Recently, a SARRC clinical supervisor posted this picture to her Instagram. Of all the videos, images, and memes I’ve seen since we were first hit with COVID-19, this one is by far my favorite.
Many people with autism struggle immensely with even the smallest disruptions in their routines. Parents often learn the hard way to take the very same route to school each day, or that their child will eat only one brand of chicken nuggets, or that the 43 stuffed animals on their child’s bed must be put in the exact same place every day.
So a child with autism pointing out to us that, due to a pandemic, a sudden change in routines isn’t so easy is, well, the pot calling the kettle black I guess.
And the truth is…it’s not so easy. Over the span of a weekend in early March, SARRC was forced to shut down all of our group programs, affecting 125 children between our two inclusive preschools; 60 teens in our PEERS and CommunityWorks programs; 70 grandparents who regularly attend our monthly grandparents support group meetings; and the launch of our new Sibshops program for siblings of children with autism. We were heartbroken after watching many of our adults with autism, who competed for and were succeeding in their jobs, became victims of our slowed economy, and join our country’s rapidly rising unemployment rate. And our annual fundraising events like our Breakfast and Walk, which not only raise critical funds for the organization but also inspire and activate our supportive community, have been postponed, canceled, or transformed into virtual formats.
Yet all of this pales in comparison to what it would mean for our families if treatment for their children suddenly came to an abrupt stop.
Would a 2-year-old boy with autism, who receives 30 hours of treatment every single week and just started saying his first words, now being to `lose his speech? Would a teen with autism, who spent months improving her conversation skills and finally made a real friend at school, be able to maintain that friendship through a stay-at-home order? What would a recently hired adult with autism, whose new job provides a sense of worth and belonging, do if he was isolated at home because his employer was forced to close their business? How would parents handle the stress of balancing working from home, homeschooling siblings, and becoming their child’s only therapist? And what about the parents who are worried and looking for answers about their child’s development only to have their diagnostic appointments canceled, and the start of treatment further delayed?
For SARRC, there was only one option. We would have to adapt to a sudden change in routine and assure our families that SARRC is here for you.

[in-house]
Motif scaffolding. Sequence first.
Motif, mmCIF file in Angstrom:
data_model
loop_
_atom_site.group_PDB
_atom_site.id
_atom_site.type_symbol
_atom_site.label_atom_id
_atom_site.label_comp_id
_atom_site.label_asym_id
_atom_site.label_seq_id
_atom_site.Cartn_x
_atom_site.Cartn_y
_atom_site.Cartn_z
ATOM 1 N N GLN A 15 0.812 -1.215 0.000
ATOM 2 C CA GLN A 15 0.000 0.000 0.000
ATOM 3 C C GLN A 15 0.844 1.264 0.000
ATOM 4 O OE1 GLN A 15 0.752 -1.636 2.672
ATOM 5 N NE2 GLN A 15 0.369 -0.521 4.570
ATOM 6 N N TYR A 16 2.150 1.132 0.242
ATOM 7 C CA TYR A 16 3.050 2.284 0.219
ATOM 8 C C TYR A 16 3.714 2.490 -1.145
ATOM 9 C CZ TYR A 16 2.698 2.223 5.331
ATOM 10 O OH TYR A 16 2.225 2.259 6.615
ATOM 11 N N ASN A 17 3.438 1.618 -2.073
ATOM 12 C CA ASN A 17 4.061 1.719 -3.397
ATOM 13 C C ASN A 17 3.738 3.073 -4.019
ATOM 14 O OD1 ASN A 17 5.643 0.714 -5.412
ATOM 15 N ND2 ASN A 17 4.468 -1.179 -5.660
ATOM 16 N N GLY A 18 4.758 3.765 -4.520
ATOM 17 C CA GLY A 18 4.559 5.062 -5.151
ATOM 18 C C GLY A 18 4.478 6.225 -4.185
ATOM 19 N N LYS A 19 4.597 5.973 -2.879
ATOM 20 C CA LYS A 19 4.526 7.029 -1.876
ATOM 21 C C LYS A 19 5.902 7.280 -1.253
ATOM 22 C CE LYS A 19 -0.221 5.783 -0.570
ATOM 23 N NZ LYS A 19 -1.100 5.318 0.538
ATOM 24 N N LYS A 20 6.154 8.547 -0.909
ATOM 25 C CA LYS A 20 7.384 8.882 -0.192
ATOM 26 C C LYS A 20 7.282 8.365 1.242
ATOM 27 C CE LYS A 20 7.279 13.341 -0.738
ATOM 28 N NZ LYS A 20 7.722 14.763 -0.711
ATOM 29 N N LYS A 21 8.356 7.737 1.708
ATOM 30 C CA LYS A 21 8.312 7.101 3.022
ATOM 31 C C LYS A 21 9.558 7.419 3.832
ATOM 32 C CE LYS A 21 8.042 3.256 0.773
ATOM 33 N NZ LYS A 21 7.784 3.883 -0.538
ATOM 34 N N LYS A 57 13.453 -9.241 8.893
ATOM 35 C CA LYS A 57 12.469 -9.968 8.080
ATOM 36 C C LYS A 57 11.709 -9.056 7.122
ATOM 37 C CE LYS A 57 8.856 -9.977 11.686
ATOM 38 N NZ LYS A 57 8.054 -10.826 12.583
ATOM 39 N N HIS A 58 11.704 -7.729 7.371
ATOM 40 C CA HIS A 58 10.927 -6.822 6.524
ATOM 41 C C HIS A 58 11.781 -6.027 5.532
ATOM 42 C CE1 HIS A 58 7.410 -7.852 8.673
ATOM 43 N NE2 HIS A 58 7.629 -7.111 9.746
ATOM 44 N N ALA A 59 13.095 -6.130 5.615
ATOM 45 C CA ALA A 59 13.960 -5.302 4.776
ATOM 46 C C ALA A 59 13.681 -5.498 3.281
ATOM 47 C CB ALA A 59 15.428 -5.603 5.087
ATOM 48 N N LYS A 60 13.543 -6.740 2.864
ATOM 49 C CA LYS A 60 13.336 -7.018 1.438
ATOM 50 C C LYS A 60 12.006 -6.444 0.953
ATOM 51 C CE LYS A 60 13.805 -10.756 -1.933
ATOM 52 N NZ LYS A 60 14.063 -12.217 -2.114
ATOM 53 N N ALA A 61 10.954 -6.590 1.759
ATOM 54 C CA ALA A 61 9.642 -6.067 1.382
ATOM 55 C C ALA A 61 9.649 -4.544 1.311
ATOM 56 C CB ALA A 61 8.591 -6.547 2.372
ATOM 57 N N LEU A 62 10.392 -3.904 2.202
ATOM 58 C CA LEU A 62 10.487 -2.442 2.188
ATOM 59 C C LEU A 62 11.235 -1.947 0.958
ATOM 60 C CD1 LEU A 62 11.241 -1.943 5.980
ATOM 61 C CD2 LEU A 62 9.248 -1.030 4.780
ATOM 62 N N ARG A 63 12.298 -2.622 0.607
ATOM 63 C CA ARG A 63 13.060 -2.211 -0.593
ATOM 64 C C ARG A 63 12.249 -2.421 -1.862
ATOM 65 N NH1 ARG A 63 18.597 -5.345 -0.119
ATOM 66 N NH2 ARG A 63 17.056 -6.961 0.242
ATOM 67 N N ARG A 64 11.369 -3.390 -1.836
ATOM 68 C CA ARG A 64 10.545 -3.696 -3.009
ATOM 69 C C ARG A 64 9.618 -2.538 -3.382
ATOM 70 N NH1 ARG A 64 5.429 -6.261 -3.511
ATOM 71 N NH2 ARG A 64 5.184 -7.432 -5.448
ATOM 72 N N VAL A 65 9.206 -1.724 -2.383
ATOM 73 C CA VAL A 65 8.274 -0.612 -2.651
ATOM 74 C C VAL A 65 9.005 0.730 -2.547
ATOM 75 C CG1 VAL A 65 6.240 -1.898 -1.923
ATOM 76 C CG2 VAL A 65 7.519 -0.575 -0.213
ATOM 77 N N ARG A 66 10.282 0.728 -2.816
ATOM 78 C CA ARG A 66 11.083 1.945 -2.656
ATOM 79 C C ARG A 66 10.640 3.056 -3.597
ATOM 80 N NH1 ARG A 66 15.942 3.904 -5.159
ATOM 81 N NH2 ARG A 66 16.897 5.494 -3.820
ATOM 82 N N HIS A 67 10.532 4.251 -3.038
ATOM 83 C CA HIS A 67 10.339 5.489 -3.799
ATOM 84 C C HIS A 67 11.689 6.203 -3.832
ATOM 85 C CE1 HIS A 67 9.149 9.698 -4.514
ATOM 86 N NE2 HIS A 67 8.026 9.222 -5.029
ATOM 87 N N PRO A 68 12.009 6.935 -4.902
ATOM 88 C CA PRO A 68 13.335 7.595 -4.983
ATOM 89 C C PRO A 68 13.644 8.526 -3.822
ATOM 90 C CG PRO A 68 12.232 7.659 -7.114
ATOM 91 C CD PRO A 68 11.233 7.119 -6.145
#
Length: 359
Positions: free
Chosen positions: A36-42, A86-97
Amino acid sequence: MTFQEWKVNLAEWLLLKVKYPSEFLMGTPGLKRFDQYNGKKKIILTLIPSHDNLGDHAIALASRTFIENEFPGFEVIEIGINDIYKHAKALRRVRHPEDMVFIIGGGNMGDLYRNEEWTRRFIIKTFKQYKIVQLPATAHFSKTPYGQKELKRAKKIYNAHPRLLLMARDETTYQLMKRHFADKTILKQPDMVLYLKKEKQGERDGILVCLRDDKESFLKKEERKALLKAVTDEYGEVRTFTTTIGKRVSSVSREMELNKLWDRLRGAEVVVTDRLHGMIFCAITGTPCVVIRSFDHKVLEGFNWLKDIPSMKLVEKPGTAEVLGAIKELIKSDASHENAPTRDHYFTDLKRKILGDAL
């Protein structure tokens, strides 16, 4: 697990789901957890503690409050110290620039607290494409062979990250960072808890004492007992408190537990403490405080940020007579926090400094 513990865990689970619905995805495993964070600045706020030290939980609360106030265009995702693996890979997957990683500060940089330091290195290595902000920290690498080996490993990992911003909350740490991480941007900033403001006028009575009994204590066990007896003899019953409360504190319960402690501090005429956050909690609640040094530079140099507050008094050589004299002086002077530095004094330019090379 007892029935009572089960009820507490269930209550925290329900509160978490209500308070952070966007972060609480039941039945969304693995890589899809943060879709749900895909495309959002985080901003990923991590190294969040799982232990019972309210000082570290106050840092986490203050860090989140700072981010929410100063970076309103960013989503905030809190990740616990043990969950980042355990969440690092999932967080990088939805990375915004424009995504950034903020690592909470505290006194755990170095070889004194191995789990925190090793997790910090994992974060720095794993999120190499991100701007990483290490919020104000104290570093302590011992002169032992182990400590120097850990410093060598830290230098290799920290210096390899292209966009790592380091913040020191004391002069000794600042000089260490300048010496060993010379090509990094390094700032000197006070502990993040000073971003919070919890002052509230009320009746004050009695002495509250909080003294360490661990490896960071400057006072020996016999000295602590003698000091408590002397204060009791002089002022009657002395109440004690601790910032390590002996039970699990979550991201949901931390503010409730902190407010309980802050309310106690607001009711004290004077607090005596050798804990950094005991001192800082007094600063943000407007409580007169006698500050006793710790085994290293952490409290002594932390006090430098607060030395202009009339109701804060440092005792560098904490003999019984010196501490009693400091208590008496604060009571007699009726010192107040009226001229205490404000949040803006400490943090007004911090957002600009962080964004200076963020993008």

For instance, SARRC quickly modified our programs to ensure treatment continues. Yes, we closed our inclusive preschools, but treatment is now delivered in each child’s home. To minimize the risk of exposure for our therapists and families, we schedule only one therapist to work with only one family, as opposed to several therapists going in and out of the homes of multiple families. Every therapy session starts by screening both the therapist and family for COVID symptoms. And all therapists have been provided with kits that include hand sanitizer and masks.
As an entrepreneurial nonprofit, we’ve invested in developing technology to extend our reach, and now these tools are helping us reach those who otherwise couldn’t receive support. We pivoted to telemedicine, allowing us to provide remote supervision for our therapists, coaching for our parents, and 1:1 therapy for our teens and adults with autism. Thanks to our NODA app, which allows for remote diagnostic evaluations, we’ve seen over 50 families seeking a diagnosis for their children. And last year, we began transitioning JumpStart, our flagship 5-week program for newly diagnosed families, to an online, e-learning format, making the program completely accessible during this pandemic.
Finally, our therapists uprooted their regular schedules overnight and became our essential healthcare heroes. They made the difficult shift from working with several clients to working with only one child, teen, or adult with autism every day of every week of every month. And they selflessly put themselves at risk as they rallied around SARRC’s mission with a relentless commitment to supporting our families and clients.
Like people with autism, this sudden change in routine hasn’t been easy for any of us, and we’ve all had to learn to adapt. As for SARRC, we’ve been able to do so because, for 23 years, this community has been here for us. You’ve supported us because we’ve demonstrated that good outcomes for children, teens, and adults with autism are possible. You’ve invested in our impact, allowing us to innovate what’s next for people with autism and their families. You’ve opened doors, giving Phoenix the well-deserved reputation as “the most autism-friendly city in the world.” And it is this community that will continue to stand by SARRC as an essential partner, and together, we’ll not only overcome this challenge but emerge stronger than ever.
Daniel Openden, PhD, BCBA-D
SARRC President & CEO
SARRC's Team Is Here for You
- To connect with SARRC about a current program or services, contact our Intake Team at 602.606.9806 or click here
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